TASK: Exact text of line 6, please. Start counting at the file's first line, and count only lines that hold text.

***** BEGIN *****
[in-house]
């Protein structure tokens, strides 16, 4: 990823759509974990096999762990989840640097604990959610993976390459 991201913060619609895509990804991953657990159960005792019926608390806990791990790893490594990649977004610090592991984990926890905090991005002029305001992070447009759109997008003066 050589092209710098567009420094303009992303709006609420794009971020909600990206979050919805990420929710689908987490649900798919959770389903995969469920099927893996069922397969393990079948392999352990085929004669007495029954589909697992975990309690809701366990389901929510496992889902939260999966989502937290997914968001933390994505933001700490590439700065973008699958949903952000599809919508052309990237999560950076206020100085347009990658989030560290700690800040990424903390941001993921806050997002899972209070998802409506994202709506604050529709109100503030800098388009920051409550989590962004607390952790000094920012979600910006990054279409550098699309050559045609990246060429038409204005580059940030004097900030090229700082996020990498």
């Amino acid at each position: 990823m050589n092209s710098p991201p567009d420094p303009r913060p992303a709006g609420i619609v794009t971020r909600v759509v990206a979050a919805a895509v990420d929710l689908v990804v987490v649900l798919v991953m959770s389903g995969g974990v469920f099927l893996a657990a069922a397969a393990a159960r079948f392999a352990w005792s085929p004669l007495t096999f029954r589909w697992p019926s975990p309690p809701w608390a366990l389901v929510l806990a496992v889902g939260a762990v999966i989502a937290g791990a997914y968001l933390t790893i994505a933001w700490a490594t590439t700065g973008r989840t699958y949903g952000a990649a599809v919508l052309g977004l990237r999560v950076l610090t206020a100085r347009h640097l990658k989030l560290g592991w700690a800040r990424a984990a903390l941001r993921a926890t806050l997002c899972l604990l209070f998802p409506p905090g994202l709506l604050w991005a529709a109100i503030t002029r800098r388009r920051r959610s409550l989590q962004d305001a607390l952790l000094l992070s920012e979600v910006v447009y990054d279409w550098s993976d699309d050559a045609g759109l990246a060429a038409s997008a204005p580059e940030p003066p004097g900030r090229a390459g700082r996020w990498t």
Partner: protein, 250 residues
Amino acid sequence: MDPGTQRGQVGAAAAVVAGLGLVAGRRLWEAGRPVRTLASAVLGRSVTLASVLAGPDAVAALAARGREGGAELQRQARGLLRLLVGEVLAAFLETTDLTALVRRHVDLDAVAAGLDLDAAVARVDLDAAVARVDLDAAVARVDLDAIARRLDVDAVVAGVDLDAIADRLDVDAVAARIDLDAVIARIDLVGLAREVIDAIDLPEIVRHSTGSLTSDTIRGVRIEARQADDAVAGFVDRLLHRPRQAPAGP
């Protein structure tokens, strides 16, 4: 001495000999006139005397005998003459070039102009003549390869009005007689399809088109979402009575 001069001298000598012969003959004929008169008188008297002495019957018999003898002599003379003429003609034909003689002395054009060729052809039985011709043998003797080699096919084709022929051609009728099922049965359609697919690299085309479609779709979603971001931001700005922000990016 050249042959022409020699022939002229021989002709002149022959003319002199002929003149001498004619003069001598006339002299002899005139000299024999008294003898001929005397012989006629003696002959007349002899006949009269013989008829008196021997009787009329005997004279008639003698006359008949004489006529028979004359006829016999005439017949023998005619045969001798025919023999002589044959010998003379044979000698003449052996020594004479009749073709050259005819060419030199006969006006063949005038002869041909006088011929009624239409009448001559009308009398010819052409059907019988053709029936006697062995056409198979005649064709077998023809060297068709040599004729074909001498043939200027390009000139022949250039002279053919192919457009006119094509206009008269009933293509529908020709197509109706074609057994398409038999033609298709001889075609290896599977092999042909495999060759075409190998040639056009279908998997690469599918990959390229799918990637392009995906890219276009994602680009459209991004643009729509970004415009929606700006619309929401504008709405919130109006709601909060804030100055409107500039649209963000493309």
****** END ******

């Protein structure tokens, strides 16, 4: 001495000999006139005397005998003459070039102009003549390869009005007689399809088109979402009575 001069001298000598012969003959004929008169008188008297002495019957018999003898002599003379003429003609034909003689002395054009060729052809039985011709043998003797080699096919084709022929051609009728099922049965359609697919690299085309479609779709979603971001931001700005922000990016 050249042959022409020699022939002229021989002709002149022959003319002199002929003149001498004619003069001598006339002299002899005139000299024999008294003898001929005397012989006629003696002959007349002899006949009269013989008829008196021997009787009329005997004279008639003698006359008949004489006529028979004359006829016999005439017949023998005619045969001798025919023999002589044959010998003379044979000698003449052996020594004479009749073709050259005819060419030199006969006006063949005038002869041909006088011929009624239409009448001559009308009398010819052409059907019988053709029936006697062995056409198979005649064709077998023809060297068709040599004729074909001498043939200027390009000139022949250039002279053919192919457009006119094509206009008269009933293509529908020709197509109706074609057994398409038999033609298709001889075609290896599977092999042909495999060759075409190998040639056009279908998997690469599918990959390229799918990637392009995906890219276009994602680009459209991004643009729509970004415009929606700006619309929401504008709405919130109006709601909060804030100055409107500039649209963000493309």